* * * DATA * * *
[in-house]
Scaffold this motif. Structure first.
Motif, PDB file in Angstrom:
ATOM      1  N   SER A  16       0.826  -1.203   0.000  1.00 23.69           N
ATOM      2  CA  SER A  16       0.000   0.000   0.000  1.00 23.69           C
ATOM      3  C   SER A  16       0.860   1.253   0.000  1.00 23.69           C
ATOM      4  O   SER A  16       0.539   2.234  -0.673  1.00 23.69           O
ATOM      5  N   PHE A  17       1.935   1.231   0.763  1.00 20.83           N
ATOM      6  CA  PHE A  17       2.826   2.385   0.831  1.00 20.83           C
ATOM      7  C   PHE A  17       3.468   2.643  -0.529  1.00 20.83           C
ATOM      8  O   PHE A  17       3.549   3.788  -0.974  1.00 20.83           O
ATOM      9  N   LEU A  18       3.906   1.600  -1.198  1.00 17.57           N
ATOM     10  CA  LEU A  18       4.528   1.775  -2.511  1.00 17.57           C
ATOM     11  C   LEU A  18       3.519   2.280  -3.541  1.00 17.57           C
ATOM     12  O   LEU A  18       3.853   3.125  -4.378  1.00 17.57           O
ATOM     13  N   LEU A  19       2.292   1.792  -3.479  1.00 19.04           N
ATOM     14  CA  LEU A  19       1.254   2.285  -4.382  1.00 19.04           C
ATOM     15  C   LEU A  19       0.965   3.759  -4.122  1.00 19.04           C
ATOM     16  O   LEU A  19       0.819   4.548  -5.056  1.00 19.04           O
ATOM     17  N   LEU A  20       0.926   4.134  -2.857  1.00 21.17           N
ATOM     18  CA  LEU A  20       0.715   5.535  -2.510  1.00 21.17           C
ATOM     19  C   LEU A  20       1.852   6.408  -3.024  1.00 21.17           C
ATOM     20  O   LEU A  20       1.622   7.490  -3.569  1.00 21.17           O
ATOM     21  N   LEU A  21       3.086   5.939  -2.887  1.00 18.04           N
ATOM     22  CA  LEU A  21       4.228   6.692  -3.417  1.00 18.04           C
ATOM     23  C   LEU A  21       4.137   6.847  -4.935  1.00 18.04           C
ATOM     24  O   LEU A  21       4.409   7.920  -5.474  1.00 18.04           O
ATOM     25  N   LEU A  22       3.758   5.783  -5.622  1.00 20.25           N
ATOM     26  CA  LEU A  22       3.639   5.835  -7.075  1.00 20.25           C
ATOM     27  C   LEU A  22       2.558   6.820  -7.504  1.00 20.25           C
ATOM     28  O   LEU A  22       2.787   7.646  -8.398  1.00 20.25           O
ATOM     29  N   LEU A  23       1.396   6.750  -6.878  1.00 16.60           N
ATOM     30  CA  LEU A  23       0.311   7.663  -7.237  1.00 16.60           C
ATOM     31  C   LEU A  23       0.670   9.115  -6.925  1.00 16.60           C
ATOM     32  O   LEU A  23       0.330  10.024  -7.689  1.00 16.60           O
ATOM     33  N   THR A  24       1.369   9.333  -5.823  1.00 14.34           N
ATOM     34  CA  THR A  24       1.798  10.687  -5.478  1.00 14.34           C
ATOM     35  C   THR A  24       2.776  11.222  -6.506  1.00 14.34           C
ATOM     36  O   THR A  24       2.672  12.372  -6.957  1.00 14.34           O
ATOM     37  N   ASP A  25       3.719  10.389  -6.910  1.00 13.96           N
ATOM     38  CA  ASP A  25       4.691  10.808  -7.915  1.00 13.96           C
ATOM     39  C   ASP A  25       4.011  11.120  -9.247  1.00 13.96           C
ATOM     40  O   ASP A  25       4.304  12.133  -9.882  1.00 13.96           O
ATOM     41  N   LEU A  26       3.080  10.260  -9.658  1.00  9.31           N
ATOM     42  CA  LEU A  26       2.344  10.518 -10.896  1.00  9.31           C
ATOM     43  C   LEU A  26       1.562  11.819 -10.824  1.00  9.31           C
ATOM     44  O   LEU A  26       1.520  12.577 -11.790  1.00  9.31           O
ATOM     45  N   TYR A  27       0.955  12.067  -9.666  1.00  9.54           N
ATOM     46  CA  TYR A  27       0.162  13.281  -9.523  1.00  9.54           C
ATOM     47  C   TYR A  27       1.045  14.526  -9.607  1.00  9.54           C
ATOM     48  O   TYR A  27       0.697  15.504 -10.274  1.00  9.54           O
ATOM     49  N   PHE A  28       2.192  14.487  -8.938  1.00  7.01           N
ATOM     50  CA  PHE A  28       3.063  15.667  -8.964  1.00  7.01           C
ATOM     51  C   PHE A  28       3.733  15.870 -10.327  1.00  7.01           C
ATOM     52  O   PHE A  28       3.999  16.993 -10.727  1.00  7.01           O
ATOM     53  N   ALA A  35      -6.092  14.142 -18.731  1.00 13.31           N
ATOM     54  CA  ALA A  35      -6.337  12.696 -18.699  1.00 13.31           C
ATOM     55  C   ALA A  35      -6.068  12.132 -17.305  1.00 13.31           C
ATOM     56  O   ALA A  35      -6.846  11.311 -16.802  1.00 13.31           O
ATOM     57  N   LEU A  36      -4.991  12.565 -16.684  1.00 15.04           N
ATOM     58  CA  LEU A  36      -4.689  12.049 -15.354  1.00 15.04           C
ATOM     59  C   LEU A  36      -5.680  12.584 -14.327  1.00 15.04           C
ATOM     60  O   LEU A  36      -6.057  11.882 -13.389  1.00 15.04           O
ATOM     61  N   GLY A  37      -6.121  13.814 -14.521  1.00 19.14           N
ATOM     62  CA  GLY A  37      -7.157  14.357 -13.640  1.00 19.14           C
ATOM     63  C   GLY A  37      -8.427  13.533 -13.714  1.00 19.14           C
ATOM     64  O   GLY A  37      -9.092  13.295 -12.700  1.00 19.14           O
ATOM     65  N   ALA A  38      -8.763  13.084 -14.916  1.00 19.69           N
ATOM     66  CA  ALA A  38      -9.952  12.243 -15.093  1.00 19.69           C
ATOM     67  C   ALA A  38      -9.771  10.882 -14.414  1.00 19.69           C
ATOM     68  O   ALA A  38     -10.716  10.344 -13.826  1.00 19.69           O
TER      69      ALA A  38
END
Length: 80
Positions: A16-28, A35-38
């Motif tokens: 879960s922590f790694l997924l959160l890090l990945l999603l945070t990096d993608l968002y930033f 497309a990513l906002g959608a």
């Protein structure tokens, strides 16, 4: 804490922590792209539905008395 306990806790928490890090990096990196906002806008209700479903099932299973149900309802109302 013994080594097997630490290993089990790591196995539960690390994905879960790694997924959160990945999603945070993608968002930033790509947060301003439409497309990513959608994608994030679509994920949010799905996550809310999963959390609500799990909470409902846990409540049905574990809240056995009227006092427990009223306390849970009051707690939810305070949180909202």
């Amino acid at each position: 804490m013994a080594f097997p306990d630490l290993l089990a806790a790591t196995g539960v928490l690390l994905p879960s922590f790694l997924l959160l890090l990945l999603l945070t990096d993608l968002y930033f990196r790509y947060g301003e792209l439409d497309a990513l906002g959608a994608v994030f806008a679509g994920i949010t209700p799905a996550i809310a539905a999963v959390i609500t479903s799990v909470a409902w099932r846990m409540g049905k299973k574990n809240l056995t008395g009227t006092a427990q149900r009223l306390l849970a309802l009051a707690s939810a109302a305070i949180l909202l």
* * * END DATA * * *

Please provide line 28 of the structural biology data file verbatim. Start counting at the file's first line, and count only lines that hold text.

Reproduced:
ATOM     25  N   LEU A  22       3.758   5.783  -5.622  1.00 20.25           N